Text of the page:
And so workers believe that their leaders create psychological safety. Our respondents said that was about 50 percent. And they also believe that leaders actually want their authenticity. That’s at about 61 percent. I’ll say I think we can do better than that. Certainly. And, you know, when we are able to be active allies, regardless of our role, I think that that makes a significant difference.

So when I think about my experience — I’ll give an example. I was up for partner at the firm and navigating my way through that. That’s a difficult and a very big milestone. And I had a coach working with me. And he said to me that his leader, his manager, was holding him accountable for my success — or basically holding us accountable for our joint success. That was a turning point for me in our relationship, and also how I showed up, because of a couple of things. One, it signaled to me that who I was and the way I showed up was not only acceptable but valued. But also, when I sort of prodded him on it, I said, “Well, yes, she wants you to help me and all that.” He’s like, “No, no. She’s holding me accountable. So maybe you think you’re out in the middle of the lake in the rowboat, by yourself rowing? And I’m on the shore waving at you and wishing you good luck. No, we’re both in the boat. And we’re rowing together, we’re in it together.”

And my reaction was to say, “Oh, alright. Well then, I can tell you what’s really going on.” You know. Because before, I wasn’t sure. And I wasn’t sure that I was safe. But because this colleague was able to signal that it was safe to be myself and I was being accepted and valued, then I was able to uncover. For other individuals an active allyship, as Kenji mentioned — you know, standing up or showing up for others, particularly those that don’t share that particular identity — makes the most difference.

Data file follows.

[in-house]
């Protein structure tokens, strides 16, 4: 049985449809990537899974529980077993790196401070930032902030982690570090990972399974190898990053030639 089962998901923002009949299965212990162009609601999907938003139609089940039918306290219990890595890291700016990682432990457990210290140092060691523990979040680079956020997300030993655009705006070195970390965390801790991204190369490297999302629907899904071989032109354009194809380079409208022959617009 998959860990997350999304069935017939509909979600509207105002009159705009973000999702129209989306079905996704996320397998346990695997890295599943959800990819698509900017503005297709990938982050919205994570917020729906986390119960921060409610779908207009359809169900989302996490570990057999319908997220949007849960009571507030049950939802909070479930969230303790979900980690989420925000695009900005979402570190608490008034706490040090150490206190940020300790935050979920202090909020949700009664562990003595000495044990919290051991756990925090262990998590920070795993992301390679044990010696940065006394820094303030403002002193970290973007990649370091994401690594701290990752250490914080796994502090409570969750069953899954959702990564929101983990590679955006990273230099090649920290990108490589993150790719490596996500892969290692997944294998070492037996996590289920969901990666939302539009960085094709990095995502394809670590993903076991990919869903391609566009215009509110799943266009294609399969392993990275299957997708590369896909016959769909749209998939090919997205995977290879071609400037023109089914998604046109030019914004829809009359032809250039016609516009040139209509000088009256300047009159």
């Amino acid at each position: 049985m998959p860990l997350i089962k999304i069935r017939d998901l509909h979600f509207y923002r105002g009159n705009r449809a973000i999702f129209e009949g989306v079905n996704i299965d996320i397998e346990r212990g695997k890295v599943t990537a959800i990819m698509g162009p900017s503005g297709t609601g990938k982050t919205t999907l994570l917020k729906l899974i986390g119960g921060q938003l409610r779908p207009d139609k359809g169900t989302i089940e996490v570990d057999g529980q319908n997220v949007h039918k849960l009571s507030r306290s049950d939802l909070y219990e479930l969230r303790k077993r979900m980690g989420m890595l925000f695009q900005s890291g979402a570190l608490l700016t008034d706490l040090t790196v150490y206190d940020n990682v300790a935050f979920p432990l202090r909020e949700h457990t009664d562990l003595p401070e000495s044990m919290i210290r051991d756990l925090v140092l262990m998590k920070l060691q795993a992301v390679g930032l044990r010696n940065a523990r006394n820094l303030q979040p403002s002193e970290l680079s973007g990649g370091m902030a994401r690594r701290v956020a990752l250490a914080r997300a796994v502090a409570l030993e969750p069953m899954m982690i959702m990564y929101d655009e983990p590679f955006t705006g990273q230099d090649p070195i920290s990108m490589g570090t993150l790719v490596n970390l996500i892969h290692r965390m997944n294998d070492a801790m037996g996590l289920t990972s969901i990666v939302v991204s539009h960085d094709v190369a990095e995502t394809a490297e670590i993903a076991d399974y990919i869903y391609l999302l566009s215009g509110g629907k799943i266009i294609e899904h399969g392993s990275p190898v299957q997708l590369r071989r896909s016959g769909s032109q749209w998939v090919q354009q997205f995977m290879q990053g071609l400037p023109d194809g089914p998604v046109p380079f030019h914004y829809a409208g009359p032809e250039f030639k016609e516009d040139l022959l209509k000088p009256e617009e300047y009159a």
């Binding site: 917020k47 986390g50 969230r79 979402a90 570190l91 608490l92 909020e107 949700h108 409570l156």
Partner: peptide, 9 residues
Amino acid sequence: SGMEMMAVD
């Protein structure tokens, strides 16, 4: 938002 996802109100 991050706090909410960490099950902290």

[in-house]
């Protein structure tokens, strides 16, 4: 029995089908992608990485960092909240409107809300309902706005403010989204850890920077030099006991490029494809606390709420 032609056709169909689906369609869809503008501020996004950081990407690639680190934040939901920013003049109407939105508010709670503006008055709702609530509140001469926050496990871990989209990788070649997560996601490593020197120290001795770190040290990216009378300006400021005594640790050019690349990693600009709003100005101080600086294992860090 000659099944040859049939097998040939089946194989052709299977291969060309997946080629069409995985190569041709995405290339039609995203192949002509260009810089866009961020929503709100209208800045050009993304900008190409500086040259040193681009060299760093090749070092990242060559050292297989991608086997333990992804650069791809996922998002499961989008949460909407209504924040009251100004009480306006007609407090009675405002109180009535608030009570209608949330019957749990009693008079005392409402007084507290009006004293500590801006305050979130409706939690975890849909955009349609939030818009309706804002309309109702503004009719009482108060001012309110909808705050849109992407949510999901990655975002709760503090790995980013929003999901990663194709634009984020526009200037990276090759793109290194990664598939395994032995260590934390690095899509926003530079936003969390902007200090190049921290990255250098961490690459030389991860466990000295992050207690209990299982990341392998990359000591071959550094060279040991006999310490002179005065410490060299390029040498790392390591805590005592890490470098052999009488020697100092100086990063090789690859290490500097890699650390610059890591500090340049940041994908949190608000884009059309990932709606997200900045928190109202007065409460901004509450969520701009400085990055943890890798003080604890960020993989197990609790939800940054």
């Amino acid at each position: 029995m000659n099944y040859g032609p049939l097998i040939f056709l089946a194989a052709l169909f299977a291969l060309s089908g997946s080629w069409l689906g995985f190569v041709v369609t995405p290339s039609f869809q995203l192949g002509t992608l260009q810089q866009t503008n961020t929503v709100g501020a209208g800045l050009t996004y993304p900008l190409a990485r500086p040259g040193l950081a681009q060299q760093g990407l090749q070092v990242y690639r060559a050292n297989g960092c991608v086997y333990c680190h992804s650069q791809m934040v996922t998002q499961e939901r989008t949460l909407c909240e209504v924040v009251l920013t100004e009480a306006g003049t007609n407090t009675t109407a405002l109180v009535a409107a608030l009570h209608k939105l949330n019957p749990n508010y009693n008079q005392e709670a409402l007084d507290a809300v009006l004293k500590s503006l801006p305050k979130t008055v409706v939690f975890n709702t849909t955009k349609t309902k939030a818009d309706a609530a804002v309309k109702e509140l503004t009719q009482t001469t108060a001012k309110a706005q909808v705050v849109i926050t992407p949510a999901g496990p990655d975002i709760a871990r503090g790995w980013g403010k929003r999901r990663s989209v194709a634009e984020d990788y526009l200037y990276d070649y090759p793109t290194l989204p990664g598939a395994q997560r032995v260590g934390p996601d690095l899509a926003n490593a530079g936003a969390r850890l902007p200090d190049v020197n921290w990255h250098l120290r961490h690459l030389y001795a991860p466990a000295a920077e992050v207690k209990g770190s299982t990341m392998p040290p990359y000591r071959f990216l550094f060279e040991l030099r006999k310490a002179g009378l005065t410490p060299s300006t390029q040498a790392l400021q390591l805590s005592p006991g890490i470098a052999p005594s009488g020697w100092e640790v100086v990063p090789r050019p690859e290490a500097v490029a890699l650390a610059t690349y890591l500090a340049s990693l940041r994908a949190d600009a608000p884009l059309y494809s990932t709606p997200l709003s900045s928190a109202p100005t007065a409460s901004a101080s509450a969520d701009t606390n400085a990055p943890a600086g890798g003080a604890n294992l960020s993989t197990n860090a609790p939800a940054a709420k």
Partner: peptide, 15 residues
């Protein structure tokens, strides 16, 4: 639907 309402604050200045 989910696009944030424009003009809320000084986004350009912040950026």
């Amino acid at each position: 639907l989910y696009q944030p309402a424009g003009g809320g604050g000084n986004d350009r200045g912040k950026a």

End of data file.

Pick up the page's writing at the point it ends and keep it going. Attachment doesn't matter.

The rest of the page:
I know that you’ve seen in your work where people who, let’s say, show up or stand up for those who share an identity — we both lose credibility. But when we show up for those who are of a different identity, that makes a real difference. And so I had someone remind me the other day —  we were talking about what active allyship looks like. And he said, “You don’t have to be white to be an ally.” Which sounds obvious, of course. But what that means is that we can all be active allies to each other, regardless of our role, regardless of our level. If we show up for each other. If we make the space and we signal in obvious and subtle ways that this is acceptable, and this is valued, then that gives all of us the courage to show up and demonstrate who we really are and counteract the negative impacts of covering within the organization.